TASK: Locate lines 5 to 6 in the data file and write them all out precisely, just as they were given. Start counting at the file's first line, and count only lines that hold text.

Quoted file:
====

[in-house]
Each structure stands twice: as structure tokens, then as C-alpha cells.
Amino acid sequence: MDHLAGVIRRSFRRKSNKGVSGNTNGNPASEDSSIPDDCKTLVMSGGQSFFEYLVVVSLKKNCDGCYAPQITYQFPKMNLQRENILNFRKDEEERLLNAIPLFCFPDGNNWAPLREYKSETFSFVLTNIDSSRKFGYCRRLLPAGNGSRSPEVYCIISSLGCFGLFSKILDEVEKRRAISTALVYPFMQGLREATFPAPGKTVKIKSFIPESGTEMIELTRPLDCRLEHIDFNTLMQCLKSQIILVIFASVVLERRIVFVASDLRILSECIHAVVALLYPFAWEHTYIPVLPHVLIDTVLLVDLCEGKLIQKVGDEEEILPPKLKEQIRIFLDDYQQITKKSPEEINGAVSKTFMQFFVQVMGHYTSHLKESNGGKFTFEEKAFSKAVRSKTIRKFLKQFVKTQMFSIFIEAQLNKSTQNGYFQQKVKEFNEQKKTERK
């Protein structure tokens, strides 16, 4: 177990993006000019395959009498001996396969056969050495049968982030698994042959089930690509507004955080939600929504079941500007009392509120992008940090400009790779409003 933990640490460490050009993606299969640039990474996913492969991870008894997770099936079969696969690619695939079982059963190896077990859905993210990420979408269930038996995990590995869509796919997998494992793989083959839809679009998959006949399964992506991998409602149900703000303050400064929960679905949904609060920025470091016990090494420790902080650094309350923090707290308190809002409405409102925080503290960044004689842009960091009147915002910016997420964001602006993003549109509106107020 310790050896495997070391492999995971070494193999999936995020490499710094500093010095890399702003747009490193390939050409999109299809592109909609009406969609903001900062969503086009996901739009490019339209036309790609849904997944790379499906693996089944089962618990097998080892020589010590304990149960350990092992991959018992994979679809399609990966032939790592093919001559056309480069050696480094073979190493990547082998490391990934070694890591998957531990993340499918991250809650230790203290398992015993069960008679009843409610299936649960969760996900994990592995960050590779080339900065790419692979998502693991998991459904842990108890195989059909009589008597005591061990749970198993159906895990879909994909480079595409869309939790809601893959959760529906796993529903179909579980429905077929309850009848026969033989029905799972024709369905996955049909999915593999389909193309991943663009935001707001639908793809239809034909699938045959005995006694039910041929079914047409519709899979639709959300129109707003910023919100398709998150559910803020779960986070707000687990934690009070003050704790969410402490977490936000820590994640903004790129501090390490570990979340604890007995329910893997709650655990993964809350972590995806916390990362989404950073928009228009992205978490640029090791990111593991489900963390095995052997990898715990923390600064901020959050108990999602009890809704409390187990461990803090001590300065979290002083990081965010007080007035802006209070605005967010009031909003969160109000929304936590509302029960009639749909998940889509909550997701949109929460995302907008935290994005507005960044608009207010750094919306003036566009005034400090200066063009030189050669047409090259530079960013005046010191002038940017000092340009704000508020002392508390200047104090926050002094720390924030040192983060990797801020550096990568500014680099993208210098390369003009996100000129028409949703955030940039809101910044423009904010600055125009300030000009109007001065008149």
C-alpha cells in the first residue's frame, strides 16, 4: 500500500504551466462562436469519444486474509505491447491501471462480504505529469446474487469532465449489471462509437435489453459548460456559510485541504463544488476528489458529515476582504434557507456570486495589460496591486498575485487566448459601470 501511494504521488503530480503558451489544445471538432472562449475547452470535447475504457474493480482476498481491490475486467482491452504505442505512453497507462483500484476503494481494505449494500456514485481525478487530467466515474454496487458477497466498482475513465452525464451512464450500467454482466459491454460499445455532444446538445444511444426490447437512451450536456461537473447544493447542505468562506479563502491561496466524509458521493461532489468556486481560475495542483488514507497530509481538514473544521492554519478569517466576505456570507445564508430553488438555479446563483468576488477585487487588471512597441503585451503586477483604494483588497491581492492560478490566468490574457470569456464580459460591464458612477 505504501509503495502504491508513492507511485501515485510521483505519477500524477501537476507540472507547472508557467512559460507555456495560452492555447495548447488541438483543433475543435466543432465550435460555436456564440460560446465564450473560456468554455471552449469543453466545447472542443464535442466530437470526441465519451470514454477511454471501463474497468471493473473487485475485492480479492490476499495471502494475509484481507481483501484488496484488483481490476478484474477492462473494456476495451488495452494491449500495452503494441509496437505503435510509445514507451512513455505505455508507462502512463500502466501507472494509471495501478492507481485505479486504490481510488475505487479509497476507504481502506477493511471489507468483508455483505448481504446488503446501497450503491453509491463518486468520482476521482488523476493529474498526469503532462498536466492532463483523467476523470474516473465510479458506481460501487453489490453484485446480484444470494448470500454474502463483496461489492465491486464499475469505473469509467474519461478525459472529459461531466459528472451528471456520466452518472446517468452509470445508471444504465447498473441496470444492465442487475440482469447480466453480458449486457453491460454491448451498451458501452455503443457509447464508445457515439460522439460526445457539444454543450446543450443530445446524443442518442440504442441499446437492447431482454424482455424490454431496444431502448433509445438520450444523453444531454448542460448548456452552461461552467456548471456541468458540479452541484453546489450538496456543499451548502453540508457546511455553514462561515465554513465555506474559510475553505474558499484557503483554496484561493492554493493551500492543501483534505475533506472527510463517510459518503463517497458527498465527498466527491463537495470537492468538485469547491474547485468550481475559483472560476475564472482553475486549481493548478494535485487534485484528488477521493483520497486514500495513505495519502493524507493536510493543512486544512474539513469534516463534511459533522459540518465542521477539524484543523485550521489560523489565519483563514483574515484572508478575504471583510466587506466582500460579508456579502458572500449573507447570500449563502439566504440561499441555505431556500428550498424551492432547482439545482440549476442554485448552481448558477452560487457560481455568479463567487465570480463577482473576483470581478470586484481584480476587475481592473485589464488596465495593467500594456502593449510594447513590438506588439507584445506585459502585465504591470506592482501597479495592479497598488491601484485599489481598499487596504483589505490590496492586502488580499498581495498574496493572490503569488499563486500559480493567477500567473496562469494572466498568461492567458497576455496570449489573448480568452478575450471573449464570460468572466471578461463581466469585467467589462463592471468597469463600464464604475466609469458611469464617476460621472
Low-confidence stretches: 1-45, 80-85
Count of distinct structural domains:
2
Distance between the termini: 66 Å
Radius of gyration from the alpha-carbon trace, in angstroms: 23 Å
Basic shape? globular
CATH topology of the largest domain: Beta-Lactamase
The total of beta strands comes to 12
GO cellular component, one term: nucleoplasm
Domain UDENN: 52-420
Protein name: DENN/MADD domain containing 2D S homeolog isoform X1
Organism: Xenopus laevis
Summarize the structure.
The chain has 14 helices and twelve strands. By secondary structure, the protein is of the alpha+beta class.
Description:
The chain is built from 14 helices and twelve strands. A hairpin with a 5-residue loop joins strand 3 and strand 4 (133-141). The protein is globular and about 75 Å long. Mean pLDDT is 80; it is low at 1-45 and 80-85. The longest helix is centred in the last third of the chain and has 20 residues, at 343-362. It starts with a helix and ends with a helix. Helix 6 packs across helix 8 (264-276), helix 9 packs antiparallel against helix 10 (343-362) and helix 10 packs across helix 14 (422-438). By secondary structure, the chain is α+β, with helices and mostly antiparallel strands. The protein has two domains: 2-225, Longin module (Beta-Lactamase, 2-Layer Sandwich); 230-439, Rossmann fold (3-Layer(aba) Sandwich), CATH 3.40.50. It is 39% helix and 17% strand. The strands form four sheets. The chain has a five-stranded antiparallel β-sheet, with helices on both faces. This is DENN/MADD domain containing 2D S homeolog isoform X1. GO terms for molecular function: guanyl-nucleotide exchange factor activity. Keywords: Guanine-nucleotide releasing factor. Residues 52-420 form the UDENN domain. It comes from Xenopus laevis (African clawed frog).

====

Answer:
C-alpha cells in the first residue's frame, strides 16, 4: 500500500504551466462562436469519444486474509505491447491501471462480504505529469446474487469532465449489471462509437435489453459548460456559510485541504463544488476528489458529515476582504434557507456570486495589460496591486498575485487566448459601470 501511494504521488503530480503558451489544445471538432472562449475547452470535447475504457474493480482476498481491490475486467482491452504505442505512453497507462483500484476503494481494505449494500456514485481525478487530467466515474454496487458477497466498482475513465452525464451512464450500467454482466459491454460499445455532444446538445444511444426490447437512451450536456461537473447544493447542505468562506479563502491561496466524509458521493461532489468556486481560475495542483488514507497530509481538514473544521492554519478569517466576505456570507445564508430553488438555479446563483468576488477585487487588471512597441503585451503586477483604494483588497491581492492560478490566468490574457470569456464580459460591464458612477 505504501509503495502504491508513492507511485501515485510521483505519477500524477501537476507540472507547472508557467512559460507555456495560452492555447495548447488541438483543433475543435466543432465550435460555436456564440460560446465564450473560456468554455471552449469543453466545447472542443464535442466530437470526441465519451470514454477511454471501463474497468471493473473487485475485492480479492490476499495471502494475509484481507481483501484488496484488483481490476478484474477492462473494456476495451488495452494491449500495452503494441509496437505503435510509445514507451512513455505505455508507462502512463500502466501507472494509471495501478492507481485505479486504490481510488475505487479509497476507504481502506477493511471489507468483508455483505448481504446488503446501497450503491453509491463518486468520482476521482488523476493529474498526469503532462498536466492532463483523467476523470474516473465510479458506481460501487453489490453484485446480484444470494448470500454474502463483496461489492465491486464499475469505473469509467474519461478525459472529459461531466459528472451528471456520466452518472446517468452509470445508471444504465447498473441496470444492465442487475440482469447480466453480458449486457453491460454491448451498451458501452455503443457509447464508445457515439460522439460526445457539444454543450446543450443530445446524443442518442440504442441499446437492447431482454424482455424490454431496444431502448433509445438520450444523453444531454448542460448548456452552461461552467456548471456541468458540479452541484453546489450538496456543499451548502453540508457546511455553514462561515465554513465555506474559510475553505474558499484557503483554496484561493492554493493551500492543501483534505475533506472527510463517510459518503463517497458527498465527498466527491463537495470537492468538485469547491474547485468550481475559483472560476475564472482553475486549481493548478494535485487534485484528488477521493483520497486514500495513505495519502493524507493536510493543512486544512474539513469534516463534511459533522459540518465542521477539524484543523485550521489560523489565519483563514483574515484572508478575504471583510466587506466582500460579508456579502458572500449573507447570500449563502439566504440561499441555505431556500428550498424551492432547482439545482440549476442554485448552481448558477452560487457560481455568479463567487465570480463577482473576483470581478470586484481584480476587475481592473485589464488596465495593467500594456502593449510594447513590438506588439507584445506585459502585465504591470506592482501597479495592479497598488491601484485599489481598499487596504483589505490590496492586502488580499498581495498574496493572490503569488499563486500559480493567477500567473496562469494572466498568461492567458497576455496570449489573448480568452478575450471573449464570460468572466471578461463581466469585467467589462463592471468597469463600464464604475466609469458611469464617476460621472
Low-confidence stretches: 1-45, 80-85